Lockerbie: a case for compassion?
I think it might be useful to try to disentangle two distinct threads in the debate surrounding the release of the man convicted of the Lockerbie bombing.
Thread 1: was the right man convicted? Unfortunately, we shall probably now never know: Abdelbaset al-Megrahi, the former Libyan intelligence agent, has abandoned his appeal and gone home to die.
Thread 2: was the decision to release him from jail on compassionate grounds justified because he is suffering from terminal cancer?
I have spent quite a bit of time over the years investigating the Lockerbie bombing and I am intimately familiar with the arguments over al-Megrahi's conviction in 2001. (If you're interested, you can read a background article I wrote at the time on the BBC website here.)
But to my mind, Thread 1 is not the most directly relevant in the wake of his release. It's Thread 2 - the use of the phrase "compassionate grounds" - that seems to me more worthy of our consideration.
Those who object to the decision taken by the Scottish Justice Secretary, Kenny MacAskill, ask: "Why does this man deserve our compassion when he showed none to his victims?" To which Mr MacAskill replies: "Compassion and mercy are about upholding the beliefs that we seek to live by ... no matter the severity of the provocation or the atrocity perpetrated." (The full text of his statement is here.)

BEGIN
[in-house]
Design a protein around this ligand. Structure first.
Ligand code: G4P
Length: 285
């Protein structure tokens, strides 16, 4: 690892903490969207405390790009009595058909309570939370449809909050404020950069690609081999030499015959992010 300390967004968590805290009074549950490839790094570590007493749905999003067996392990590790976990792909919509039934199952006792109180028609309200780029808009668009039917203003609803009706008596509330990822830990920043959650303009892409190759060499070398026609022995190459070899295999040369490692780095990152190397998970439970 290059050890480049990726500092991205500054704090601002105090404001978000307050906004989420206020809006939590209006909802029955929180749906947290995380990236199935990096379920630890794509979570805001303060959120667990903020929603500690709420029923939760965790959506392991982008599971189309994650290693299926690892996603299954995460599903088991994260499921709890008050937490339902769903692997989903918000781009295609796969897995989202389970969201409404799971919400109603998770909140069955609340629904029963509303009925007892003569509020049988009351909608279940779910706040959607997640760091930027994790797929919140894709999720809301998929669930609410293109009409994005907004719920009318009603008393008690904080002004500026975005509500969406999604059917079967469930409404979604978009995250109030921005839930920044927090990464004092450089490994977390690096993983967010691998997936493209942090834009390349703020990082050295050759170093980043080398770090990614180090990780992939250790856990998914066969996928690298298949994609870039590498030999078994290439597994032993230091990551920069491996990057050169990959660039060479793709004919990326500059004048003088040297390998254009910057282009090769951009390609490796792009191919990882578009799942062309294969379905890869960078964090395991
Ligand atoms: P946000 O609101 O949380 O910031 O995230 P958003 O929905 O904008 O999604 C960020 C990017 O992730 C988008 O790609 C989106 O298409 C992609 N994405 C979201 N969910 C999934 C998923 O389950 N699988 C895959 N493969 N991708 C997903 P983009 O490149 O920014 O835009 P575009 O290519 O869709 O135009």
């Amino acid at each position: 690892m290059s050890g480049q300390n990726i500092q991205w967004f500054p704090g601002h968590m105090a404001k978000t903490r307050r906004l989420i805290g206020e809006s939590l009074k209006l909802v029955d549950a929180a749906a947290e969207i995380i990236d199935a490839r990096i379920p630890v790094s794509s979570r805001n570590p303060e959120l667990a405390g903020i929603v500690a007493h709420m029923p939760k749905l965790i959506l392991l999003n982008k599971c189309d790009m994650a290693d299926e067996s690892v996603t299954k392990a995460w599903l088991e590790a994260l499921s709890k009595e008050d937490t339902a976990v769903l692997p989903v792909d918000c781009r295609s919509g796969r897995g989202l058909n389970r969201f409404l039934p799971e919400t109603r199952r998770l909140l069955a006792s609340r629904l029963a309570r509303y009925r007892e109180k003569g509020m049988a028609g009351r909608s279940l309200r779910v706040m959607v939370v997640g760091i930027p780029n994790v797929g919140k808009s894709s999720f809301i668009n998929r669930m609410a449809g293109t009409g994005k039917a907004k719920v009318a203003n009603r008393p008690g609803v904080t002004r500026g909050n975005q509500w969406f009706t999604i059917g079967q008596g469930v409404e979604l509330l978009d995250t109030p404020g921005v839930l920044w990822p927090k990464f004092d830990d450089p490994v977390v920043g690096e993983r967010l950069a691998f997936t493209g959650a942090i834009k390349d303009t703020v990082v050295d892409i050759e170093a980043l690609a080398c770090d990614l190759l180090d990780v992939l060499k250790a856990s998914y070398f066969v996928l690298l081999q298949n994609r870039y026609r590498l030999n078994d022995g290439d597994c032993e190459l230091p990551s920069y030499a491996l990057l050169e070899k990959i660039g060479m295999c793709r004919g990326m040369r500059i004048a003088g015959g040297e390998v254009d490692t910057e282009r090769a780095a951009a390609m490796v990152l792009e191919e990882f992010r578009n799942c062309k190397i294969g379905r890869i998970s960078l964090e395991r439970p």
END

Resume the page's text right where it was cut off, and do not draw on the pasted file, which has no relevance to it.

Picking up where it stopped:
But should there be some kind of correlation between compassion and the seriousness of the offence committed? Is someone guilty of a heinous crime less worthy of compassion than someone who has committed a lesser offence?
Just two weeks ago, Ronnie Biggs, one of the Great Train Robbers, was released from jail because he is gravely ill. But back in 2002, Myra Hindley, one of the most reviled serial killers in British criminal history, was refused freedom on compassionate grounds and died in custody at the age of 60, having spent 37 years in jail.
Over the past five years, 48 prisoners in the UK have been freed on compassionate grounds; that's fewer than those who have died in custody of natural causes. In Scotland, on the other hand, the picture is different: of 30 applications for compassionate release on medical grounds since 2000 (not all of them, of course, from people convicted of murder), only seven have been refused.
I suspect, although I have no way of knowing, that most of the people who object to the decision to release Mr al-Megrahi are convinced of his guilt. Similarly, I would guess that those who agree with the decision tend to be those who have doubts about his conviction.
But suppose there were no doubts. Suppose he had freely admitted his guilt. Would the arguments about compassion then be different? Mr MacAskill says: "Mr al-Megrahi did not show his victims any comfort or compassion ... but that alone is not a reason for us to deny compassion to him and his family in his final days."
I wonder if you agree.